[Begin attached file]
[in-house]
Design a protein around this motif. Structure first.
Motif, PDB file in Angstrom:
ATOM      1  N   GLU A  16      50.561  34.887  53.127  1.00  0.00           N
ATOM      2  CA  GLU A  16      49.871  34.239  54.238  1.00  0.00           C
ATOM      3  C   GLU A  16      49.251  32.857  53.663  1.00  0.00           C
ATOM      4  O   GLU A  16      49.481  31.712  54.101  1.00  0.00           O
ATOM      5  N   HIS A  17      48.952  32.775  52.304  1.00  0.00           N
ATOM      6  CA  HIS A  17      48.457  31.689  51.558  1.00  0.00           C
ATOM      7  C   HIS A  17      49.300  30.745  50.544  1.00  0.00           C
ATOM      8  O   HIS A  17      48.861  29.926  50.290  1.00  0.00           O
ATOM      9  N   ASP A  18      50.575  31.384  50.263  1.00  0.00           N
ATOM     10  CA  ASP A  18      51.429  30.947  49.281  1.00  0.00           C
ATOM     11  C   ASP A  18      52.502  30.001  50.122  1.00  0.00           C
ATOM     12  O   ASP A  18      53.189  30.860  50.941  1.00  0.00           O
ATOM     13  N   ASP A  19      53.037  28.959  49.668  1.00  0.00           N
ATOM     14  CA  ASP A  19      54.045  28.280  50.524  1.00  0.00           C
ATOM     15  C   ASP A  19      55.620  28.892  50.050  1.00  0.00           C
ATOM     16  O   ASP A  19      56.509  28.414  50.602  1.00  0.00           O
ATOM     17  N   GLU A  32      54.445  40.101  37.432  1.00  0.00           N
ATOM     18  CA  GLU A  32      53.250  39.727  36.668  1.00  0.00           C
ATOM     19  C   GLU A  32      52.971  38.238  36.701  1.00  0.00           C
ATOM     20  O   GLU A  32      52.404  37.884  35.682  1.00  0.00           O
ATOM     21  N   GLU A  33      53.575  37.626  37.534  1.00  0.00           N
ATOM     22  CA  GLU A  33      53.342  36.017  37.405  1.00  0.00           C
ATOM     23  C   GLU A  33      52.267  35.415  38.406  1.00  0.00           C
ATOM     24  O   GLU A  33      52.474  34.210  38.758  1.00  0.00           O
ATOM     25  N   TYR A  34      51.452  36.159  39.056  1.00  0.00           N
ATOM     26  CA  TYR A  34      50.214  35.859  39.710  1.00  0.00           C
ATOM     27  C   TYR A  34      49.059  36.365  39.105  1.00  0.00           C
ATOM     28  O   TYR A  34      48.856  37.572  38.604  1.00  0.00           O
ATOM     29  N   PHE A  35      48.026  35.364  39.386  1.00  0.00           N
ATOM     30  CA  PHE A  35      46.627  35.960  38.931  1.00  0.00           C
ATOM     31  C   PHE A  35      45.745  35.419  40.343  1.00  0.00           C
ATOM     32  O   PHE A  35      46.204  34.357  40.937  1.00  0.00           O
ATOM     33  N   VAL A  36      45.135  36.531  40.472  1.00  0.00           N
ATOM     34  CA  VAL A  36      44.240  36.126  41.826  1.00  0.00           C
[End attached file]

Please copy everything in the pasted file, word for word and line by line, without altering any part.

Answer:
[in-house]
Design a protein around this motif. Structure first.
Motif, PDB file in Angstrom:
ATOM      1  N   GLU A  16      50.561  34.887  53.127  1.00  0.00           N
ATOM      2  CA  GLU A  16      49.871  34.239  54.238  1.00  0.00           C
ATOM      3  C   GLU A  16      49.251  32.857  53.663  1.00  0.00           C
ATOM      4  O   GLU A  16      49.481  31.712  54.101  1.00  0.00           O
ATOM      5  N   HIS A  17      48.952  32.775  52.304  1.00  0.00           N
ATOM      6  CA  HIS A  17      48.457  31.689  51.558  1.00  0.00           C
ATOM      7  C   HIS A  17      49.300  30.745  50.544  1.00  0.00           C
ATOM      8  O   HIS A  17      48.861  29.926  50.290  1.00  0.00           O
ATOM      9  N   ASP A  18      50.575  31.384  50.263  1.00  0.00           N
ATOM     10  CA  ASP A  18      51.429  30.947  49.281  1.00  0.00           C
ATOM     11  C   ASP A  18      52.502  30.001  50.122  1.00  0.00           C
ATOM     12  O   ASP A  18      53.189  30.860  50.941  1.00  0.00           O
ATOM     13  N   ASP A  19      53.037  28.959  49.668  1.00  0.00           N
ATOM     14  CA  ASP A  19      54.045  28.280  50.524  1.00  0.00           C
ATOM     15  C   ASP A  19      55.620  28.892  50.050  1.00  0.00           C
ATOM     16  O   ASP A  19      56.509  28.414  50.602  1.00  0.00           O
ATOM     17  N   GLU A  32      54.445  40.101  37.432  1.00  0.00           N
ATOM     18  CA  GLU A  32      53.250  39.727  36.668  1.00  0.00           C
ATOM     19  C   GLU A  32      52.971  38.238  36.701  1.00  0.00           C
ATOM     20  O   GLU A  32      52.404  37.884  35.682  1.00  0.00           O
ATOM     21  N   GLU A  33      53.575  37.626  37.534  1.00  0.00           N
ATOM     22  CA  GLU A  33      53.342  36.017  37.405  1.00  0.00           C
ATOM     23  C   GLU A  33      52.267  35.415  38.406  1.00  0.00           C
ATOM     24  O   GLU A  33      52.474  34.210  38.758  1.00  0.00           O
ATOM     25  N   TYR A  34      51.452  36.159  39.056  1.00  0.00           N
ATOM     26  CA  TYR A  34      50.214  35.859  39.710  1.00  0.00           C
ATOM     27  C   TYR A  34      49.059  36.365  39.105  1.00  0.00           C
ATOM     28  O   TYR A  34      48.856  37.572  38.604  1.00  0.00           O
ATOM     29  N   PHE A  35      48.026  35.364  39.386  1.00  0.00           N
ATOM     30  CA  PHE A  35      46.627  35.960  38.931  1.00  0.00           C
ATOM     31  C   PHE A  35      45.745  35.419  40.343  1.00  0.00           C
ATOM     32  O   PHE A  35      46.204  34.357  40.937  1.00  0.00           O
ATOM     33  N   VAL A  36      45.135  36.531  40.472  1.00  0.00           N
ATOM     34  CA  VAL A  36      44.240  36.126  41.826  1.00  0.00           C